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Homodimericin A: A Complex Hexacyclic Fungal Metabolite

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posted on 2016-09-09, 00:00 authored by Emily Mevers, Josep Saurí, Yizhou Liu, Arvin Moser, Timothy R. Ramadhar, Maria Varlan, R. Thomas Williamson, Gary E. Martin, Jon Clardy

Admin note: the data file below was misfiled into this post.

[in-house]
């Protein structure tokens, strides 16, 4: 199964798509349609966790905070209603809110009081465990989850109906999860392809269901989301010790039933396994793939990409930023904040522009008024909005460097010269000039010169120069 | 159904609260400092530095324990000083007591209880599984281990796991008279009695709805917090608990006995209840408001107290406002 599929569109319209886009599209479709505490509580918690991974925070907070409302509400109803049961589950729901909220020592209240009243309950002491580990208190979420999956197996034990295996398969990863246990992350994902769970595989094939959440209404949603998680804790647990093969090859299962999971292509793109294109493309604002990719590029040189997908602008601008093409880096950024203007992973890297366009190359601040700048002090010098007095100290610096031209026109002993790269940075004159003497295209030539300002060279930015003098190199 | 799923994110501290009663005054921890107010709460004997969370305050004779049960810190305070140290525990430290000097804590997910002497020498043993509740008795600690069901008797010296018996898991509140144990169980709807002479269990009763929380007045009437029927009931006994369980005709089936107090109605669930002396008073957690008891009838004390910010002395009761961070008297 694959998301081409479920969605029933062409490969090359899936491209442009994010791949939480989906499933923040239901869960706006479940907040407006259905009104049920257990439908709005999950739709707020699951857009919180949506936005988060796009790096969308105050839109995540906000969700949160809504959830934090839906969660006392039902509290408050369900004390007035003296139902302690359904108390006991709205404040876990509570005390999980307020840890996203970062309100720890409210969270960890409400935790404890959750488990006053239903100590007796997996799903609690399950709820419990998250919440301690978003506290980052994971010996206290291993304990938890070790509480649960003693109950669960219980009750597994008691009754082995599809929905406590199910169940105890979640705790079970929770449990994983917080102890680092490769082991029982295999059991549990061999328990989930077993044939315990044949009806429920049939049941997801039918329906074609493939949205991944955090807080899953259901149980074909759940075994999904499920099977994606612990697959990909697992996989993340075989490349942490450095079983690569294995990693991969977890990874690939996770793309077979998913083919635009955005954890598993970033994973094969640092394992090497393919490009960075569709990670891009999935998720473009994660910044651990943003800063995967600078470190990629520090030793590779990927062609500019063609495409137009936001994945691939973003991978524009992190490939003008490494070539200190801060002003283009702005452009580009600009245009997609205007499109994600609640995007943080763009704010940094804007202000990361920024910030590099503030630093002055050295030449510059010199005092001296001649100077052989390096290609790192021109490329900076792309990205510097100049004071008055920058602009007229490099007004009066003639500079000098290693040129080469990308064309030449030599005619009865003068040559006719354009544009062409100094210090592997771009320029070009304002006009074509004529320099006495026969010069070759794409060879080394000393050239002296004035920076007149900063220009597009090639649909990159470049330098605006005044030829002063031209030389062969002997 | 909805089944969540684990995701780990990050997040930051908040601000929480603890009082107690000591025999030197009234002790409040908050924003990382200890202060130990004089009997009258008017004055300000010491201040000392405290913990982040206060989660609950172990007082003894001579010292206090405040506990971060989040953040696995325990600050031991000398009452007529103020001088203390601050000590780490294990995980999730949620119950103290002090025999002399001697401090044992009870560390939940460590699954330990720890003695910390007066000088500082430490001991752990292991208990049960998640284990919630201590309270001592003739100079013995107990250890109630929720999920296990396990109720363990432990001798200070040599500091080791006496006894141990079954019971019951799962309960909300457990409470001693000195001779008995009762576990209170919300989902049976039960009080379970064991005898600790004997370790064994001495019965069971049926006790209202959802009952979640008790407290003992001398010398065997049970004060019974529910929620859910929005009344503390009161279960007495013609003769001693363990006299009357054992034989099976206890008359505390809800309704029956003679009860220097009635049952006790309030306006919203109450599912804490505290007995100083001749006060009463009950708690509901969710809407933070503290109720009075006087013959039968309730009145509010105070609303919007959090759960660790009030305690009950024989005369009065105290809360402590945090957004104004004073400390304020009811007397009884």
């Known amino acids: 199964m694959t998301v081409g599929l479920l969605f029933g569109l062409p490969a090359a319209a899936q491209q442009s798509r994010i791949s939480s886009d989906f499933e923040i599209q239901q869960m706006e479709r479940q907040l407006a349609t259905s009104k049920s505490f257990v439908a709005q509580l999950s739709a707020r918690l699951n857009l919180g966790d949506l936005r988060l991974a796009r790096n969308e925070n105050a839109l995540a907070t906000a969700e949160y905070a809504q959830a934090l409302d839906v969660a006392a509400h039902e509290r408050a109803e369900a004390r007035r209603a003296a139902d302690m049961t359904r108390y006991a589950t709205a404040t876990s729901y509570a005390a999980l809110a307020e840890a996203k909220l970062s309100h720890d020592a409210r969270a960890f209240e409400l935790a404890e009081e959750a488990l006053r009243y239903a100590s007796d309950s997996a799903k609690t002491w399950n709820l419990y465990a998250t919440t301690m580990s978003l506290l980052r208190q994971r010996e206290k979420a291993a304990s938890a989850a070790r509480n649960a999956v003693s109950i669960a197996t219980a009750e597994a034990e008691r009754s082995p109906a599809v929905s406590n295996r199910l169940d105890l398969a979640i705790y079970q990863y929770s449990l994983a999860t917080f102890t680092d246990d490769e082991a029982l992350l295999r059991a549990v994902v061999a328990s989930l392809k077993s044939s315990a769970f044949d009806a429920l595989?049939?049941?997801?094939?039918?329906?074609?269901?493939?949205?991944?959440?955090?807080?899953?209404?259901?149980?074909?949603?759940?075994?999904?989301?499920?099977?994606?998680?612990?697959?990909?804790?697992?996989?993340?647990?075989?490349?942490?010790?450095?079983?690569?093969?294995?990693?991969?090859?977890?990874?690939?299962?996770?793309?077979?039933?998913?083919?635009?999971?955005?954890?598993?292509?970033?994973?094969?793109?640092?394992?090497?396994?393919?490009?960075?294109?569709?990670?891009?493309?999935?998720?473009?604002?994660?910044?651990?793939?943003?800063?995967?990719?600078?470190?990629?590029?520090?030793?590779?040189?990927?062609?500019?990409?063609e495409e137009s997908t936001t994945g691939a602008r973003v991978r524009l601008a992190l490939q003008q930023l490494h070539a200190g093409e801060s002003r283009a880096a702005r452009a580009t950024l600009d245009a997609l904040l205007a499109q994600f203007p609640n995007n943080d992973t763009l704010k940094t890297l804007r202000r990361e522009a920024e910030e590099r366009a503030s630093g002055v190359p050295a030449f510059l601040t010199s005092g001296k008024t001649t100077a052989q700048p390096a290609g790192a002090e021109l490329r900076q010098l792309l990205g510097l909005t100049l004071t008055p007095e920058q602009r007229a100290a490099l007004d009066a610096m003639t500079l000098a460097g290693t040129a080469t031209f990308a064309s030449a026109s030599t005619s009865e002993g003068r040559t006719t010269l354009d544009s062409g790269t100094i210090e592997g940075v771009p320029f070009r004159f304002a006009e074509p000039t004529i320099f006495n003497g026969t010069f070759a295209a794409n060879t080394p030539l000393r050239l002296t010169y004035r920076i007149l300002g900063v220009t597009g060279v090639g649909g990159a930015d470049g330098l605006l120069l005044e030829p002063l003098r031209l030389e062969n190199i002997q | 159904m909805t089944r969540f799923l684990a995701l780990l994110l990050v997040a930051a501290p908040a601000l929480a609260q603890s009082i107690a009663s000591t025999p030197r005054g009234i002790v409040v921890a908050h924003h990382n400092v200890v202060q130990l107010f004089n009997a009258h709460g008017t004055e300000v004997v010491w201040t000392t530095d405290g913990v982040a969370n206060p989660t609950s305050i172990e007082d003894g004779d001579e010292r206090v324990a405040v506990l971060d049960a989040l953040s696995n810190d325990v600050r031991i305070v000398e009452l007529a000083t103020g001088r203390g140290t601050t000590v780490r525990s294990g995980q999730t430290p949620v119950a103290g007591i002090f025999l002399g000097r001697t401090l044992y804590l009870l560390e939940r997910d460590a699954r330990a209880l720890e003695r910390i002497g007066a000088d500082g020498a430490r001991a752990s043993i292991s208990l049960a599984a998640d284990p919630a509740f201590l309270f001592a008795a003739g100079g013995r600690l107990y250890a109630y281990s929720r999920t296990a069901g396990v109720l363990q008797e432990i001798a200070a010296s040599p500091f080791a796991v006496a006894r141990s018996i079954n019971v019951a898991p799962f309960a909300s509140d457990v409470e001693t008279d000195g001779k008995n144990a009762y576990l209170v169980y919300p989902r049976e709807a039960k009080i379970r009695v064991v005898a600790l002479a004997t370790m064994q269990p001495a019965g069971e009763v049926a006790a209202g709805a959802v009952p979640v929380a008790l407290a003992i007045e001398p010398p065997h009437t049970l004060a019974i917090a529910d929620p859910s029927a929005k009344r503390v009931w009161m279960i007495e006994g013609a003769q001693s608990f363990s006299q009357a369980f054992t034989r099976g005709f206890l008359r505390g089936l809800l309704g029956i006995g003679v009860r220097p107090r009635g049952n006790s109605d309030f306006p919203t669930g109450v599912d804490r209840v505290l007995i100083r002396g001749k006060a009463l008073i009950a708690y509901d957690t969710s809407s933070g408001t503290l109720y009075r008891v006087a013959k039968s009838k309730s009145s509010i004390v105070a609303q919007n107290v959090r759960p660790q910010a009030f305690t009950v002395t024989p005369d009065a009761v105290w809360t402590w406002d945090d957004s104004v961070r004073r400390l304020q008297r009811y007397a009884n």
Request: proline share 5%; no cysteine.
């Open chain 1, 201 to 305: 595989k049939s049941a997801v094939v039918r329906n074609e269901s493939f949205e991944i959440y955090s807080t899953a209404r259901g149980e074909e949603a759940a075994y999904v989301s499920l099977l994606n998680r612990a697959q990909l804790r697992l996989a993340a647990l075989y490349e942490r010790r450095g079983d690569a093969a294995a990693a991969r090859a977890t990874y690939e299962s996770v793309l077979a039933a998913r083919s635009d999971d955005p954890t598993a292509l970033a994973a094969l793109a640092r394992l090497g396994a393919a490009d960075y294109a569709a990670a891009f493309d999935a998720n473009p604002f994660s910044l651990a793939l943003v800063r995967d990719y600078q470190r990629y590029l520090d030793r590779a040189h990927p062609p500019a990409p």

Microbes sense and respond to their environment with small molecules, and discovering these molecules and identifying their functions informs chemistry, biology, and medicine. As part of a study of molecular exchanges between termite-associated actinobacteria and pathogenic fungi, we uncovered a remarkable fungal metabolite, homodimericin A, which is strongly upregulated by the bacterial metabolite bafilomycin C1. Homodimericin A is a hexacyclic polyketide with a carbon backbone containing eight contiguous stereogenic carbons in a C20 hexacyclic core. Only half of its carbon atoms have an attached hydrogen, which presented a significant challenge for NMR-based structural analysis. In spite of its microbial production and rich stereochemistry, homodimericin A occurs naturally as a racemic mixture. A plausible nonenzymatic reaction cascade leading from two identical achiral monomers to homodimericin A is presented, and homodimericin A’s formation by this path, a six-electron oxidation, could be a response to oxidative stress triggered by bafilomycin C1.

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